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Why do humans like explosions so much?

  1. Mar 25, 2016 #1

    Garlic

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    Why do humans like explosions so much, while all the other animal species I know are afraid of them? Why do we enjoy watching a firework show or a chemical demonstrarion of a violent reaction?
     
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  3. Mar 25, 2016 #2

    ProfuselyQuarky

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    It's probably simply a fact that humans are more intelligent than animals--we know what is going on when we see an explosion and, usually, humans are the ones controlling or causing it in the first place. So we can pretty much disregard the noise, fire, or whatever else comes along with an explosion or violent reaction and just enjoy the thrill. Animals don't know any of this, so they just have to be fearful and cautious.

    Since you mentioned it, does anybody have any thermite in hand? :wink:
     
  4. Mar 25, 2016 #3
    That's a pretty good answer. Actually, when I first read the post, I wasn't too sure how to answer it, so I thought maybe I'd sit on my heels a while and come back to it later. But your post realigned my thinking on actually a paper I'm writing right now, which is on relating the evolution of the hominin brain to several important milestones in human cognitive and cultural evolution as evidenced in the archaeological record. One of the pivotal moments in human evolution that many biological anthropologists feel was a signature moment in the development of the human mind was the point where we hominins were able to control or "tame" fire. This was a pivotal moment, because as the OP noted, it is one of the principal features of behavior that distinguishes us from all other mammals, or animals in general (except maybe moths?)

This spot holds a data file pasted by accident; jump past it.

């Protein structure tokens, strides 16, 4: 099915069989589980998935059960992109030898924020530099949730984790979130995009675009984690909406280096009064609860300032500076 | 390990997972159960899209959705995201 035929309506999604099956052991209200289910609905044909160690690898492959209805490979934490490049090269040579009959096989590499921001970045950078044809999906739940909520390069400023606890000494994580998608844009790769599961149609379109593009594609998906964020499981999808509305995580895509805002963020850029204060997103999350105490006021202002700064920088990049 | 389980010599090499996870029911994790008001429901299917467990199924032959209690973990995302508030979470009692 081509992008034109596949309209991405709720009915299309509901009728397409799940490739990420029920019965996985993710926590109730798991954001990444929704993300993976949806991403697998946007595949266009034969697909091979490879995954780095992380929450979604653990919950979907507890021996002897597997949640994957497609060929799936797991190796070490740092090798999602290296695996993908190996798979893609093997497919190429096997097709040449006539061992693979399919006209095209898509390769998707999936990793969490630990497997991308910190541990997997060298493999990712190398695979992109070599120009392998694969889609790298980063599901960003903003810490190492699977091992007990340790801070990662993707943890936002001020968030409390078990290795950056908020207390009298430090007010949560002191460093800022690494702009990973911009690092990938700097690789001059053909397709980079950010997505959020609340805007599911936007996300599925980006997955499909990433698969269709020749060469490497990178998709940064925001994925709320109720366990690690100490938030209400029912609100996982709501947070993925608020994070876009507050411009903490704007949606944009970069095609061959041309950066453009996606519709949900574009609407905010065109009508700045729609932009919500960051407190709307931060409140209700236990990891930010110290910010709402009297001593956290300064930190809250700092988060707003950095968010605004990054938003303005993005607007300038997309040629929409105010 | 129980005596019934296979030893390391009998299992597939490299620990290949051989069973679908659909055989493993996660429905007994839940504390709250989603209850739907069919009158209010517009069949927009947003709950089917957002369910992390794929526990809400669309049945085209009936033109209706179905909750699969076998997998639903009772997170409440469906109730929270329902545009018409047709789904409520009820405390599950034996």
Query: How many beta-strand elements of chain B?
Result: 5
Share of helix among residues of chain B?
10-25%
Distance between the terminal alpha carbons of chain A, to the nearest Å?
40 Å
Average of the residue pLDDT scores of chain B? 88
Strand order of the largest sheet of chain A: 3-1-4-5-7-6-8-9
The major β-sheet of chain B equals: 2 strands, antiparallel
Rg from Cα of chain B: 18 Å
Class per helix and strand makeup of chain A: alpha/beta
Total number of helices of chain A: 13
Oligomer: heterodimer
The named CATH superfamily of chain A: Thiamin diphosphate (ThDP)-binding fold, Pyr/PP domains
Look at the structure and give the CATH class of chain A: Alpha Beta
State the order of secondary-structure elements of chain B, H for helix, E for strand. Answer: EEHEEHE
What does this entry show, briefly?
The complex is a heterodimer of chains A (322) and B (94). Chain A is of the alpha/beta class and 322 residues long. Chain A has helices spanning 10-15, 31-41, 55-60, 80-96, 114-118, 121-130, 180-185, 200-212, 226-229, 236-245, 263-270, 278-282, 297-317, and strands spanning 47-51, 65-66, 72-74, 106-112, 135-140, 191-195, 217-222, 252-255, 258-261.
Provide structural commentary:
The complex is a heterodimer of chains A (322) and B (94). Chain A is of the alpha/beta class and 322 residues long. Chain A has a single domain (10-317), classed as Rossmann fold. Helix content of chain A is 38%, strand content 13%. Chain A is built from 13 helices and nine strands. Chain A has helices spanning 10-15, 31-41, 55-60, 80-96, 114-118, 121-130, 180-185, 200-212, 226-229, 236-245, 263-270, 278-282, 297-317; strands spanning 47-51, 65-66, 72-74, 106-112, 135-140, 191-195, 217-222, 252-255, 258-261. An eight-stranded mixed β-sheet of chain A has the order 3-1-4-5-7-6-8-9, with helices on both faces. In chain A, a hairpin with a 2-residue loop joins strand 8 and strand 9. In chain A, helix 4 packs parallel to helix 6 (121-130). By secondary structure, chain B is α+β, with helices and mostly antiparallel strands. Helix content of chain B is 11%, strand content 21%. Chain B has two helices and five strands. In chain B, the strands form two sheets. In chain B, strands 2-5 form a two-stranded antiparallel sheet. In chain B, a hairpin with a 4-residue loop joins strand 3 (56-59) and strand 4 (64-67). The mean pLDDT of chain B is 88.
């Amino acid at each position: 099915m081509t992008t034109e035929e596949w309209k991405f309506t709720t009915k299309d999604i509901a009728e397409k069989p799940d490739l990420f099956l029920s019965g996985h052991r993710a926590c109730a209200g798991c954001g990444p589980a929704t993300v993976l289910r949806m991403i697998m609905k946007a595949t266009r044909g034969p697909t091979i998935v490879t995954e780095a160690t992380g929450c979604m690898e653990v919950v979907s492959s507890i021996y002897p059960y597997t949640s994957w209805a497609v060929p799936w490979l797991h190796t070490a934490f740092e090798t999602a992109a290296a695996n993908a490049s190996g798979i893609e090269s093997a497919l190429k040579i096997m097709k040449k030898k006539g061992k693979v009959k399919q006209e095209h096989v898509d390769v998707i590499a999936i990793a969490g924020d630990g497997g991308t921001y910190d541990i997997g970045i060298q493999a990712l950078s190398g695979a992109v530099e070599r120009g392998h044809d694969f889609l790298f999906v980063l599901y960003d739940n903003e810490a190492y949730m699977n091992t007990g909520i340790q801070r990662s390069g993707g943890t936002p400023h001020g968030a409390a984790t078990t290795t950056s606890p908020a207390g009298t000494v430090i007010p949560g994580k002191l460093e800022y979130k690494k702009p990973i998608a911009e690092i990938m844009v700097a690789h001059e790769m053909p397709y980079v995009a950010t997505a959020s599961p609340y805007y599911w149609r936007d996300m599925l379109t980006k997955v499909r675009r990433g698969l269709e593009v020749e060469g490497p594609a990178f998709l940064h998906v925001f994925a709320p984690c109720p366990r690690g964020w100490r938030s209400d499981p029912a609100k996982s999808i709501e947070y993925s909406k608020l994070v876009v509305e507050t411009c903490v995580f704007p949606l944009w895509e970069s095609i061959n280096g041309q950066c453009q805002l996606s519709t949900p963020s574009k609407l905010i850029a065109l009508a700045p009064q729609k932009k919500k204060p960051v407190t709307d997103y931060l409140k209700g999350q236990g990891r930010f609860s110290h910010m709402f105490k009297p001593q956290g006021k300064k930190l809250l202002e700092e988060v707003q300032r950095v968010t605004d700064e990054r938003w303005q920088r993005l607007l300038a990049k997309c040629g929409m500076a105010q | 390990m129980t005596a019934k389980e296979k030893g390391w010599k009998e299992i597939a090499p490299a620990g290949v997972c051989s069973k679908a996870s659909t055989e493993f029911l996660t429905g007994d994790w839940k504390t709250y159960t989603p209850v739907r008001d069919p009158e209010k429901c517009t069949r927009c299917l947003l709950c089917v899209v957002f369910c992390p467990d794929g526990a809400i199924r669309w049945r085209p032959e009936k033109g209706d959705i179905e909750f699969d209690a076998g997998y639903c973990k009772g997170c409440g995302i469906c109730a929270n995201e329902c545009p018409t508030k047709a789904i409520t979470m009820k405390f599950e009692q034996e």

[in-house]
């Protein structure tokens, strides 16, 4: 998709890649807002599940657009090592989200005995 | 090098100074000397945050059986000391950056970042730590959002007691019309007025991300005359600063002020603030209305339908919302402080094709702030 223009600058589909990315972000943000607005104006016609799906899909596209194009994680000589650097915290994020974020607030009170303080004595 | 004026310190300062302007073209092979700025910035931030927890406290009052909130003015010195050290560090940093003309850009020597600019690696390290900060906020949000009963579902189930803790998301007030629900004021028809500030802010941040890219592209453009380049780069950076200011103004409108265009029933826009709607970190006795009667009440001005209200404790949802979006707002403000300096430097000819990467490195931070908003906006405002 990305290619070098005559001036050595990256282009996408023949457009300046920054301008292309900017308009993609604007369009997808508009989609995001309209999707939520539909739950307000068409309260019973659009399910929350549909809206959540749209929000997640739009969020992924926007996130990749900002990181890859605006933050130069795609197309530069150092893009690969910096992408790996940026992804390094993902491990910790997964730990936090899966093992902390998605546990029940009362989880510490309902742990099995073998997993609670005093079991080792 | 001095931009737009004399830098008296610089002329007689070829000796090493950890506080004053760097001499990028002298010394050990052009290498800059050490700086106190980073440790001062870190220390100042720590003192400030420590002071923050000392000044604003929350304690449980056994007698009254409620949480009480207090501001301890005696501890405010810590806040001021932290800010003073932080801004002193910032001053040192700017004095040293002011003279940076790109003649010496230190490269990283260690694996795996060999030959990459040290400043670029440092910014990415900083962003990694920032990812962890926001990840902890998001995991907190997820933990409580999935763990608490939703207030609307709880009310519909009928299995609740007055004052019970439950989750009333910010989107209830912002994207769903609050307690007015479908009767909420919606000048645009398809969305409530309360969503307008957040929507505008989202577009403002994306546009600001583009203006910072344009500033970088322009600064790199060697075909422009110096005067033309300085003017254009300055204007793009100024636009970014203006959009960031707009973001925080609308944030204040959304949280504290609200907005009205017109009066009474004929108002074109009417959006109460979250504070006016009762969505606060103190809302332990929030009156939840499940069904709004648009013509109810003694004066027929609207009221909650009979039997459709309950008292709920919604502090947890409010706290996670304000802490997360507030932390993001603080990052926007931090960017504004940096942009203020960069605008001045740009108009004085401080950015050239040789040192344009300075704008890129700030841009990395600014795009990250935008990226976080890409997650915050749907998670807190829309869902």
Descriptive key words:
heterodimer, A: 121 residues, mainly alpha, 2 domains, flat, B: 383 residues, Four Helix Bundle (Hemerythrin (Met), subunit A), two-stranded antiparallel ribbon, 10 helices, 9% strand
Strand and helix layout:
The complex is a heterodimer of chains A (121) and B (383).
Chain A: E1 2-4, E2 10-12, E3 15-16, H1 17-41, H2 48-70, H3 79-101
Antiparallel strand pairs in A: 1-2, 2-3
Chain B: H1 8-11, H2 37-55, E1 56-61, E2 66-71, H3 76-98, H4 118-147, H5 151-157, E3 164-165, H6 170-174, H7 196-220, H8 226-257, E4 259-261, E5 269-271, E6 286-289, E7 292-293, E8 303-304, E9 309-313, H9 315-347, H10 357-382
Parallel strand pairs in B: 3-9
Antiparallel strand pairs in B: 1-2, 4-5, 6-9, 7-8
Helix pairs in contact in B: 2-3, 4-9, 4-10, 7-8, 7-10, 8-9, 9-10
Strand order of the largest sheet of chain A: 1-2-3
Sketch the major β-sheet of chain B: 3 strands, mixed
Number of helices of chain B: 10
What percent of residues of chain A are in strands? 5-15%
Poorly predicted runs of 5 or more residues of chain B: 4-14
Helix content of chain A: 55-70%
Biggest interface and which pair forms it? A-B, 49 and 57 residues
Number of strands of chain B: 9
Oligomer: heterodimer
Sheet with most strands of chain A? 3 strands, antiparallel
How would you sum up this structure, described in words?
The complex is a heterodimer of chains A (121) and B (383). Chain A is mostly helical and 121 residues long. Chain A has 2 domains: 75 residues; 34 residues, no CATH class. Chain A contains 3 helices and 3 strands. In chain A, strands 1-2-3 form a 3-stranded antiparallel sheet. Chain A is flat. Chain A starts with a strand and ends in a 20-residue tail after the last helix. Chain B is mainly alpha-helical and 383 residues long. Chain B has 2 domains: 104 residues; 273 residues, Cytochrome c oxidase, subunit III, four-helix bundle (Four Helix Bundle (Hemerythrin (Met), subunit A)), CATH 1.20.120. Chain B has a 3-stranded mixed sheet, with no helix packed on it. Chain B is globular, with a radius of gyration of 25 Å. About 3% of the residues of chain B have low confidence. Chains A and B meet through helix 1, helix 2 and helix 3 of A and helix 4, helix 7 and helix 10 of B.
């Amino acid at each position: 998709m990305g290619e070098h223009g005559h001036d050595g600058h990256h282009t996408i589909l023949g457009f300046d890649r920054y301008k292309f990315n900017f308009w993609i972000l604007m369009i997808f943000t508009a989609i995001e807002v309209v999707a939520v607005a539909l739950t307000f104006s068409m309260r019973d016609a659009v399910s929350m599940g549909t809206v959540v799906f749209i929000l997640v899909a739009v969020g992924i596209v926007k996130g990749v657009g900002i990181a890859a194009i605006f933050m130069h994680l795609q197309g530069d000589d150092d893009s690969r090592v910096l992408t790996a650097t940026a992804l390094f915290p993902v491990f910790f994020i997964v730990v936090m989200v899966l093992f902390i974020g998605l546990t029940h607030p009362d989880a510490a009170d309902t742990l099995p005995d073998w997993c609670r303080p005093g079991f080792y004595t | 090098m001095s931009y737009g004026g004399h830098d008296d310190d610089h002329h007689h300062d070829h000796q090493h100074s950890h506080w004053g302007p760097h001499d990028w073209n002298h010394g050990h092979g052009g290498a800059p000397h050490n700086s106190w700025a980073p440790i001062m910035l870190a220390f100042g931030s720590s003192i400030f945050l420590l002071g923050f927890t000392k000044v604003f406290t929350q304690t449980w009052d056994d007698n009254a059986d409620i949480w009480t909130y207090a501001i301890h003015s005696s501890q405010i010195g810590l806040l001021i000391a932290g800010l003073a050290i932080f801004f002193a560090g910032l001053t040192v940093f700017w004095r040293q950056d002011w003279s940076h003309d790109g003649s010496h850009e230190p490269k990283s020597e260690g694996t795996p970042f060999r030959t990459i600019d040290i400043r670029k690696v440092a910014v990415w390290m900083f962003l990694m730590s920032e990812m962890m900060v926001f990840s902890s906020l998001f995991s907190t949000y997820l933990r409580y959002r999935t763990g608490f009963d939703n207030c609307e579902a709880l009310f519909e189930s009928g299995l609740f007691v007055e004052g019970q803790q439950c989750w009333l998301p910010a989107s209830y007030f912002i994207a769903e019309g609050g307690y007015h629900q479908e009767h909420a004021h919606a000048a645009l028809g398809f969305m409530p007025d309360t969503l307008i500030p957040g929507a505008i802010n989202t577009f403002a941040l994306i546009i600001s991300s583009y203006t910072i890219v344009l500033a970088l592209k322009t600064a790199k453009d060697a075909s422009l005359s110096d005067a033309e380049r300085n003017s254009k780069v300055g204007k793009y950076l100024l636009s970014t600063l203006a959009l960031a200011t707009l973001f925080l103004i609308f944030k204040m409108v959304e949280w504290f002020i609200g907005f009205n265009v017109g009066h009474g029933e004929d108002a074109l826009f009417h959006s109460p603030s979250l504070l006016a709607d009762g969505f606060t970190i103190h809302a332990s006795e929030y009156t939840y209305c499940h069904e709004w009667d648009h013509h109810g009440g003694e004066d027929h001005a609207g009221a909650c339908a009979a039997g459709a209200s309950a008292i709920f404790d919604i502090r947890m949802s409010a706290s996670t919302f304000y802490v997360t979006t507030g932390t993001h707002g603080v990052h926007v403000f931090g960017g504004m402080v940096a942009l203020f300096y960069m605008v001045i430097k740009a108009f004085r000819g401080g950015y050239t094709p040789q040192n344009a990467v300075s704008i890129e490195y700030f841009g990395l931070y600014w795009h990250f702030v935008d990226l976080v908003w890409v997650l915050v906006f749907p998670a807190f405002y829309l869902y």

When did this capacity to tame fire appear in the human archaeological record? That's a good question and it is certainly a current topic of heated debate. I could list several dozen articles on the subject because I have been researching it. In fact, I'll cut and paste a few references from my notes below. It ranges wildly from as recent as 300kya to the appearance of Homo erectus around 1.8 mya. In my article, I'm addressing several different issues so I was initially looking to just find a certain date when we tamed fire, but the answer to this question is turning out to be much more complicated. TO be more specific, it looks as though this happened in stages, the first stage being the capacity of homo erectus to not run from fire when he/she first encountered it as happening naturally in it;s environment, i.e., say when lightning striked a tree, etc. Another stage was the "domestication" of fire to be used to cook, for warmth, and other uses.

    SO, to answer the OP's question, the fascination with explosions and fire or fireworks in general probably stems from a reward association built into the human brain that relates to the benefits that fire has given humans over the past million or so years.


    http://www.pnas.org/content/108/13/5209.full.pdf